An Evolutionary Perspective
This lecture is focused on an important skill. We will try to understand the reason why studying music can be relevant during a speech therapy setting. Actually, many researchers want do discover why music is present in all human cultures of the world. We think music is directly connected with language, especially with spoken language. According to a phylogenetic investigation we believe that verbal language is an evolution consequence of gesture and sound. In our opinion we face three-points of the same structure of evolution: gesture-sound-word (Napoli Marcello, Bertirotti A., 2004, in print). This research context, studying music role inside language and especially spoken language is at least asking ourselves what music is. Music has an ambivalent relationship with human language. Every question on sound and its role for human evolution involves the two major vocal communication systems: music and spoken language. The language/music relationship can be considered on many levels of analysis. Music and language are connected to each other on evolutionary terms. We have three possible interpretative theories on evolution both on music and on language:
- Music evolved from speech;
- Speech evolved from music;
- both evolved from common ancestor.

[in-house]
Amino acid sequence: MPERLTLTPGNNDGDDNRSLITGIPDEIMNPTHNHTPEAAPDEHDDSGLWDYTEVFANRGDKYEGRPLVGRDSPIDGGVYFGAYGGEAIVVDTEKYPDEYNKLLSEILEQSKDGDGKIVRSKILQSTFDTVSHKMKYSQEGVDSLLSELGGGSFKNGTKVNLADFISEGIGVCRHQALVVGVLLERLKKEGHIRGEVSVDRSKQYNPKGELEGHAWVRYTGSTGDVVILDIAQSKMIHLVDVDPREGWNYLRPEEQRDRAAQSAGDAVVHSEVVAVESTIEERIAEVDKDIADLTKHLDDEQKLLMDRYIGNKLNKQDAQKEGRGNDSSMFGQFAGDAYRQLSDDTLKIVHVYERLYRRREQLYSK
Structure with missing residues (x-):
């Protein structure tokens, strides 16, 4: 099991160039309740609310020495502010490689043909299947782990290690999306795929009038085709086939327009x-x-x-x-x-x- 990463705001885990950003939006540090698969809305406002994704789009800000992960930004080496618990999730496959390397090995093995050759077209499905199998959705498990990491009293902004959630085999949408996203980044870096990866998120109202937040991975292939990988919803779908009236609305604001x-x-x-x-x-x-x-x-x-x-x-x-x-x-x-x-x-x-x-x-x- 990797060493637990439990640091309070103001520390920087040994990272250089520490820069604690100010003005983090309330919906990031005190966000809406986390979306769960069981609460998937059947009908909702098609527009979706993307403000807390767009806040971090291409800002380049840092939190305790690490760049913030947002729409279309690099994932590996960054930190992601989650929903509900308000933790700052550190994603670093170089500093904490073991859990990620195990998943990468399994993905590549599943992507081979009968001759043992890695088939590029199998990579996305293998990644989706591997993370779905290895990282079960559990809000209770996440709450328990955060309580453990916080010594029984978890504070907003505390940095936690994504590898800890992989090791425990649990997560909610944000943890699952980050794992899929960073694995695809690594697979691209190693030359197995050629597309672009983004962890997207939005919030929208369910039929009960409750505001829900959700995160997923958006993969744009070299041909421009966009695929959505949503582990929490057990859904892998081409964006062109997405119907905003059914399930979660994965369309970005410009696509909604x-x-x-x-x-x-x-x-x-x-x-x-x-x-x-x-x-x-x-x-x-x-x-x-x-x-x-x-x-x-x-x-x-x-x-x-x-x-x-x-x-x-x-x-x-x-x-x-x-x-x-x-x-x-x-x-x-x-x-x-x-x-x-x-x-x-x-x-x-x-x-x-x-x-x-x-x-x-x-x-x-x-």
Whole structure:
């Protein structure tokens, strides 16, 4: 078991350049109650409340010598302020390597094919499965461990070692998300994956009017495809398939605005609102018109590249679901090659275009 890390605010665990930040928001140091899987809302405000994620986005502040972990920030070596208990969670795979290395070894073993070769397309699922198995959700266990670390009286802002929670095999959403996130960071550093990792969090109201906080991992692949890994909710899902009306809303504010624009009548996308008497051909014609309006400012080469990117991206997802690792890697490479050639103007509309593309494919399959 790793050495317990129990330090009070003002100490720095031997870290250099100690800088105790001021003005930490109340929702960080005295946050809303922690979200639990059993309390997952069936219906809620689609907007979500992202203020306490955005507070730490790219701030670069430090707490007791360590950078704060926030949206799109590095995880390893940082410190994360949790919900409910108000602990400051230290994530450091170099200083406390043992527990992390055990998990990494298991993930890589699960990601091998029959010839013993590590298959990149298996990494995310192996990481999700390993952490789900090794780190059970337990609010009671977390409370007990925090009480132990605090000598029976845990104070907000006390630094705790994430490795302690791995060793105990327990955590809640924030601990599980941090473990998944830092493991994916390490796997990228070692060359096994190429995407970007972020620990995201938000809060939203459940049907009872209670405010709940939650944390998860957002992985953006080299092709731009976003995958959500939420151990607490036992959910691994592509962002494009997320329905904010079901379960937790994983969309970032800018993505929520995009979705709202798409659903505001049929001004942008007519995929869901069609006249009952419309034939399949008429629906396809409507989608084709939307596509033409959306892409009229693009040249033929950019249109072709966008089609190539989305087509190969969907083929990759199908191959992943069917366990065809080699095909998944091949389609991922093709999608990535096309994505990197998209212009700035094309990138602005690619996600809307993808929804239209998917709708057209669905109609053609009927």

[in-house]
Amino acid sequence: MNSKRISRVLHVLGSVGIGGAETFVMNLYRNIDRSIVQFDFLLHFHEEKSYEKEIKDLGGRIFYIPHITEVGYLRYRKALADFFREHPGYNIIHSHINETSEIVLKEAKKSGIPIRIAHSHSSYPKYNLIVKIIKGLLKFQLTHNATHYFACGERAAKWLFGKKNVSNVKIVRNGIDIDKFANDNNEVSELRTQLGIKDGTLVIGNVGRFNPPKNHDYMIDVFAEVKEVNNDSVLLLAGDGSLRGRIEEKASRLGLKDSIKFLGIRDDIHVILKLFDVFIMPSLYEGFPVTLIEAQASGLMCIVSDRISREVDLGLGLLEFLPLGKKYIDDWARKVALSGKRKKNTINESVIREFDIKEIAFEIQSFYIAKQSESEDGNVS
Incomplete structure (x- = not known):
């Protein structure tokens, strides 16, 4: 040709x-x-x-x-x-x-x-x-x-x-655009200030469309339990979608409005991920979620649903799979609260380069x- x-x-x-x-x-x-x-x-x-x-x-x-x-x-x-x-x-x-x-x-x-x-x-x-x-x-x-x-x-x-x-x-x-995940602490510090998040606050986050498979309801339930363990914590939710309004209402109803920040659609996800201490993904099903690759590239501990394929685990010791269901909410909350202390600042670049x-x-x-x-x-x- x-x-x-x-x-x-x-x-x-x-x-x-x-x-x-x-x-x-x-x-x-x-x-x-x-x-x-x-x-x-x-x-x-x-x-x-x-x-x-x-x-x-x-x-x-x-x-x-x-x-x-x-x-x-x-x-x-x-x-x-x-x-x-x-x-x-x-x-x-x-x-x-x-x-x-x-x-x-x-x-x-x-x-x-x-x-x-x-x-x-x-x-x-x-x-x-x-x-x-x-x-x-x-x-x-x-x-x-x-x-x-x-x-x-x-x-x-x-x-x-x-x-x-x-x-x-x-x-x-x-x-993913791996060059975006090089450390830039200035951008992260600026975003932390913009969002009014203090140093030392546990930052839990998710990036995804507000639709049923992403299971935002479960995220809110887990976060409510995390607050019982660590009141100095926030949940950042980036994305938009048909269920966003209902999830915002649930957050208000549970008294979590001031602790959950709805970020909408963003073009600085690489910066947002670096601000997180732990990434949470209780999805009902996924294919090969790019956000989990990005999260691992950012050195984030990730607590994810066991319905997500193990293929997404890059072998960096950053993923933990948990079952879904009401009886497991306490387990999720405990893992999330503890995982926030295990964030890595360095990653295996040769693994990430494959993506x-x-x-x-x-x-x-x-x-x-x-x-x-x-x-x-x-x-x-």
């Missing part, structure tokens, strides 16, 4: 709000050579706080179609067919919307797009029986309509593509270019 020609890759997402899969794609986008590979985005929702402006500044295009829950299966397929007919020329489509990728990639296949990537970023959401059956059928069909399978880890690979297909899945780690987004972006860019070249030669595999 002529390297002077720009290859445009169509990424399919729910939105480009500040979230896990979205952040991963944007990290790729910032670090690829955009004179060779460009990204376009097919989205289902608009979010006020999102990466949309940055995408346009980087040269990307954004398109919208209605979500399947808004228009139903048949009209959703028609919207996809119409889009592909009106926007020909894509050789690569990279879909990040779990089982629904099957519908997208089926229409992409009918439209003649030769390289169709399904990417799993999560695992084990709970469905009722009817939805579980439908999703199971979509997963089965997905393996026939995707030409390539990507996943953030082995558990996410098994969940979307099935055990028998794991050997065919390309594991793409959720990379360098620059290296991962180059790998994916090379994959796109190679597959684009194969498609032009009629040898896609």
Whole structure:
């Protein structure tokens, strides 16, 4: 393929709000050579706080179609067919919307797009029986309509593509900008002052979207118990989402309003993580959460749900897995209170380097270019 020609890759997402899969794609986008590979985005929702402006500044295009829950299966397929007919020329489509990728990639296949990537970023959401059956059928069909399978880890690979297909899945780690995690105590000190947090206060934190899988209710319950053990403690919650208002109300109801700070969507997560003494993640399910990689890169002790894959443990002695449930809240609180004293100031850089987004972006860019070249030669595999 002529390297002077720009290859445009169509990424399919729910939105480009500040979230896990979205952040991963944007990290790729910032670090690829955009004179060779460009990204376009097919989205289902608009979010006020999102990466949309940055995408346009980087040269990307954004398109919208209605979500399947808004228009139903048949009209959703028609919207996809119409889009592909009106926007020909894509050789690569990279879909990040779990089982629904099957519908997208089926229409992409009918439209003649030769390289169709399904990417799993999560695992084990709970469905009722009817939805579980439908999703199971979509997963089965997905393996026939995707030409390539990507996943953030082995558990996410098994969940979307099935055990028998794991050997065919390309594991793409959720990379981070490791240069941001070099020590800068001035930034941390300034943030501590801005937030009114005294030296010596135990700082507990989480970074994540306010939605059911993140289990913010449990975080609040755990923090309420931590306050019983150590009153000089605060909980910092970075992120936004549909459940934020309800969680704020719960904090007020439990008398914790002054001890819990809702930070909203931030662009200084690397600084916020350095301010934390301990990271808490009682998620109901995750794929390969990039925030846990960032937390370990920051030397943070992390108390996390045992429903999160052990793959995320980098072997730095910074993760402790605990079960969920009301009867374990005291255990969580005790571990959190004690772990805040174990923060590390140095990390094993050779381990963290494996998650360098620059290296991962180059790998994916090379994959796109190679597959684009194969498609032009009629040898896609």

Spencer (1857) considered singing as an emotional way to intensify speaking. Richard Wagner believed music and language had a common source, like a sort of speech-music origins. Actually we are too far from a complete solution on this matter. We think that an evolutionary consideration of music will be very important to any future study of spoken language and for some therapy settings. On this point of view, we can remember at least five theoretical aims: a) the evolution of human vocal tracts thought on the basis on speech evolution are just relevant to the evolution of human singing. The difference between speaking and singing is a best probably distinction in a degree rather than in a kind of vocal tracts. For example, this is demonstrated nicely with the recitative of Italian Melodrama, or with prosody of poetic discourse. In other words, it is not curious to think that evolutionary changes in human vocal tracts are an adaptation of musical and linguistic vocalization processes in the form of tone and pitches languages. b) When we compare our human brain with the previous hominid one we can note a visible expansion in size, especially for the human cerebral cortex. Deacon (1992) thinks that some of this expansion is driven by the evolution of human linguistic capacity. However, it is possible to think to an alternative interpretation. Maybe music, due to it‘s structural complexity, acoustically varied, syntactically rich and culturally meaningful human activities, has driven this brain expansion. Therefore and first, it becomes essential to discover the relationship between cerebral localisations of music and language. This way we could understand the evolutionary roles of these kinds of human communications. Language like a semantic communication and music like non-semantic. Falk (1987) discovered that: a. language and music share cerebral representation; b. they have overlapping representation in the same hemisphere; c. they have homologous localization in the opposite hemisphere. c) Furthermore, Falk points out that lateralization effects for music and language differ between men and women: men have greater degrees of lateralization in their brain in comparison with women’s. Furthermore, we believe that is in accordance with some theories on language evolution and with structural accounts that present two kinds of consideration. Researchers present language as a final product of gestural origins; others believe that language comes from a vocal articulation as a replacement for gesturing (Corballis 1991; Rizzolatti and Arbib, 1998). On this point of view, we can consider music as a theoretical help to link gestural output and vocal performances. We can find a link between music and movement, especially between their structures: rhythm. Rhythm is a sequence of chronological order of sounds with tactus. “The acquisition of a power on rhythm and, as a result, its management facilitates a tendency to use a cognitive procedural order. To this a gradual and constant improvement of a child linguistic and movement capabilities is to be added. It has been empirically demonstrated that to a major motorial coordination (big and small arts) corresponds a neuron muscular improvement able to create little movement, language and creativity. The last one is characterized by divergent thinking” (Napoli Marcello, Bertirotti A. et al., 2004). This happens in the context of most groups of rituals. In some sector of musical rituals, vocalizing and gesture do not serve as a sequential or an alternative performance of communicative intentions, but as functions mutually coordinated. In these cases gesture and movement stimulate a good sense-motorial self-perception, which can be assumed as a cultural and symbolic meaning in the future. These ideas might offer relevant insight into the origins of a language-based communication. It seems plausible to believe that gesturing and vocalizing occurred in parallel way during language evolution, as well as for the music evolution, where gestures, movements and sounds belong to a unique frame and pattern. d) Ujhely and Richman (2000) make the explicit reference to the role of language for improving social interaction capacities. On functional accounts of language evolution we can say that language is useful not only to an individual-level representational capacity. Language evolution is the result of social status of man, with relation to the evolution of human group structure. The same occurred for social level of music performance. There is an evident relationship between social structure of society and musical pattern of expression (Lomax A., 1968). Many functional accounts for the origins of music have been proposed. It is likely that music is useful in promoting domestication of animals and coordinating human social activities. Probably it is useful in sexual roles and for parental care. We have many hypotheses on the origins of music. Several authors (Darwin C., 1871; Anderson M., 1994) believe that music evolved by sexual selection. Others make explicit reference to music linked to its adaptive role for promoting coordination, cohesion and cooperation. Multifunctional nature of music might reflect the action of many selection pressures, and nowadays we have a spectrum of selectionist hypothesis and theories, some of which will be seen during this lecture. In the last few years Universities, Research Institutes, Music Schools and Public Institutions, world education experimentation and refresher courses have been paying more attention to the potential therapeutic capacity of music on general medicine illnesses and diseases. Music and Music therapy can improve medical approaches to several traumas, physical and psychomotor disabilities, emotional and behaviour troubles, communication and relational problems, learning and reading inability as well. Nowadays – in accordance with last European Music Therapy Congress organized in Naples on April 2001 – music and therapy with the music are getting involved in some preventive activities aiming at promoting and stimulating growth, accelerating and improving learning and reading, making relaxation and stress reduction easier, caring some kind of aphasia disease or some brain lesions. The important role of music, during medical treatment, psychotherapy and speech therapy setting as well, is the study of the circular relationship man-sound-man in all of us, in our everyday life (Bertirotti A., 2003a). Several researchers have confirmed that this kind of relationship begins even before childbirth. A phoetus in its mother womb is really sensible to sound, rhythm and movement. It hears many kinds of sound: breathe, heartbeat, deambulation and acoustic frequency of mother’s voice. We have learnt from anatomical and physiological studies that we explore world and unknown reality to give a form to our life and communication. From acoustic physics we know that movement causes sound. Therefore we can say that different bodies can cause different kinds of sound. On this point of view, we can say that several kinds of phonic articulations cause different and significant intonations. Returning to phoetus, its cell physiological growth is achieved throughout micro-movements obviously producing rhythmic sound micro-events. We may say that human body is like a complex sound apparatus, so we have sound codes of specific organs and sounds of their functions. It is probably that this kind of communication is like a monitor of their physiological conditions. During therapeutic settings we know that music experience may have an important relationship influence. We know that music experience stimulates a greater therapeutic benefit. Therapy with music is not a new experience. We know that since human beings first presence on earth, music has always been measured as a little magic or mystic, and nowadays music therapy is considered an important aid together with psychiatric, psychological, speech therapy, pharmacological therapies, etc. In the last few years neuroscience has enabled us to understand that music and its grammar and syntax can be used in a correct scientific way. Music may contribute, not only to the treatment of several diseases, but to the development of man’s intellectual abilities and his cognitive growth as well. Many researches report that the areas of music in human brain have been found out. For example, some cerebral areas such as the right upper cortex are remarkably developed in musicians. Other studies have demonstrated that soon after listening to a complex music piece, the ability of human brain to do abstract operations develops. “Learning process is based on an imitational capability forcing the fruiters to a listening and observing practice. Moreover it is possible to motivate the listening with an active sharing intervention. Through performances among groups, team games, etc the listening level attention gets better. It’s all about learning how to manage one’s own time, pauses and waiting: one learns how to “actively wait for” one’s own moment and so how to listen and listen to oneself” (Napoli Marcello, Bertirotti A., et al., op. cit.). Actually we know that there is a connection between music stimuli and the production of endorphins; between sound and cardiac rhythm; between music and muscle tonicity and the recovery of physical stress. When some people listen to music with an obsessive rhythm, like Hard Music, techno or Metal Music, we have some increasing of the cardiac rhythm. On the contrary, when listening to soft or classic music pieces, like Bach’s or Claude Debussy’s, we can notice a reduction not only of cardiac rhythm but also of our respiration acts. Some musical pieces activate man’s cerebral neurotransmitters, and these ones activate the production of endorphins in their turn. This way, bioelectric stimulation is followed by a remarkable production of endorphins, having a sedative function in our body. When we listen to music inside the hypothalamus, hypophysis and suprarenal glands axis, a strong biochemical electric conduction takes place as a result of the excitement occurring in the hypothalamus. For instance, it has been observed that in drug addicts music listening has brought about the production of beta-endorphins, and it stimulates all the neurological areas utilizing serotonin neurotransmitter. During present day rave parties some people take ecstasies that, associated to music listening, stimulate new altered state of consciousness (Bertirotti A., Bandiani G., 2004, in print). Moreover, using EEG instrument (it measures the electric activity of nervous cells), during a music experience, it has been observed that music stimulates a balanced hemispheric activity and increases the amplitude in the frequency ranges, both of the theta (4 – 7 Hz.) and of the delta (5 – 4 Hz.) cerebral waves. For these reasons we think that “the music issue, conceived in an educational perspective, is strictly related to a more general methodological issue. In other words, the surviving strength of a communicational typology is directly proportional to its prestige, as a recent research appeared on magazine Nature has demonstrated (August/21/2003, Abrams D. & Strogatz S.). For these reasons music exists and will exist, independently on a real cognitive comprehension of its constitutional procedures” (Napoli Marcello, Bertirotti A., et al., op. cit.). This context we believe that music play an important role during speech therapy setting. Inside spoken language we find a subliminal kind of communication: the prosody. Inside prosody we have a first important feature, with reference to both animal song systems and human speech: it is rhythm, especially its use in isometric way. About our human ability, keeping time, we should distinguish between us and other animals. Everyone can keep time and move his/her hands in a metric and alternating fashion. However, we have a further specialization about this ecological ability: we can keep time going into time of external timekeeper. We can imitate other rhythm, but we can also modify external rhythms going into rhythms of external people. This is not only imitation, but a creative activity of our mind, and this is not for other animals. This is an important cognitive ability for humans and it is on the basis of music and dance. This way we can influence our movements and others ones. Brain meets other rhythms during a conversation, and it can individuate, change, transform and modify, for example, the rhythm of spoken language of a partner conversation. This way we understand and decode emotions of other persons talking with us and can communicate a semantic plus value. Our brain always decodes, even on a neo cortical level, throughout a synergetic action with the limbic area. Summing up, there is no one only rational message. Any message – always – is also an emotional one. In case of therapy, might be useful to talk without meanings, but with the prosody of verbal phrase only. Sometimes, many significant codes can disturb who is talking, because the anxiety level can improve. Anonymity during a conversation evolves from semantic absence, as it happens with music. Music has a semantic role inside personal experience only, because many kinds of music can indicate different events for every one (Langer S., 1975). This context, the rhythm plays an important cognitive game. Evolutionary accounts of music in humans could give a great help to explain the emergency of this ability: to synchronize movements with other conspecifics and other external timekeepers, without meaning. “Neurological studies reveal that this ability is dissociable from the capacity to produce and perceive the tonal feature of music” (Wallin N.L., 2000). Second feature that is present in prosody is the ability to recognize the pitch of sound, without other sound references. This is described as “the ability to attach lo labels to isolated auditory stimuli on the basis of pitch alone” (Ward and Burns, 1992, in Deutch D. 1982) It is wired that this capacity regards music only. About colour stimulus or on speech sounds we cannot need this ability. We can recognize every colour and speech sounds without any reference to others of them. Absolute pitch is a musical capacity and it is important for classical training courses in the Western Music. Speaking, hearing and talking do not need absolute pitch. There are two interpretations about absolute pitch: a. Absolute pitch is an acquisition depending obligatorily on musical training and exposure during a critical period of our life, somewhere between the ages of 3 and 6; b. Absolute pitch, because so few people have it, is a genetic trait. Many pedigrees analysis of families containing members having absolute pitch presents this ability as an autosomal dominant trait (Profita and Bidder, 1988). If this is true we have to search the pitch gene. We think that absolute pitch should be identified before a speech therapy setting, because it might be of a precious help during care. When a therapist sees that a patient can recognize a single sound from another, he can work in that direction to strengthen other kinds of word sounds recognizing and meaning that a patient can develop. Referring to an absolute pitch, we believe it is as genetic evolved at the same time as music evolved, especially if we meet a continuous exposure to music and its training. In our opinion, all human brain skills have been developed throughout many years of environmental activities, to adapt our life and soma to it. For example we think that it is possible, through a specific games use, to strengthen a multilateral attention capability. Multisensorial stimuli cover an important role on it. Because of Multisensorial theory we think it is very important for children to be educated to music with a training, during primary school. In that period of age, children have a good relationship with their imagination, and it happens – cognitively – something in their brain when they think throughout events imagination, reality observation and actions realization (mirror neurons). “Unidirectional attentive games allow an evaluation of the level of sound identity present in a child and an adult, related to familiar sounds (keys, telephone melodies, a buddy voice, etc.). Later, other sensorial stimuli (multi lateral attention) are added, active and/or passive. For example: right hand recognizes and separates pencils from rubbers, while the left one moves objects from one desk to a close one. In a second stage, sight and hearing stimuli are added” (Napoli Marcello, Bertirotti A., et. al., op. cit.). Multisensorial matter is very important especially to the research method, because we can individuate brain areas involved for coding and decoding hearing ad sighting imput as well. For these researches we utilize the Brain Imaging. We can provide insight into localisation and lateralization of these functions, as well as touch issues as phylogenetic and ontogenetic development, the effects of musical training on brain structure and neural correlations of skills such as absolute pitch, etc (Chiarelli B., 2003). We hope that this brief lecture on Music’s and Prosody’s roles inside speech therapy can set a stage for the many essays that will follow. Evolutionary interpretation on music and prosody is a great help for many questions of interest to contemporary scholars.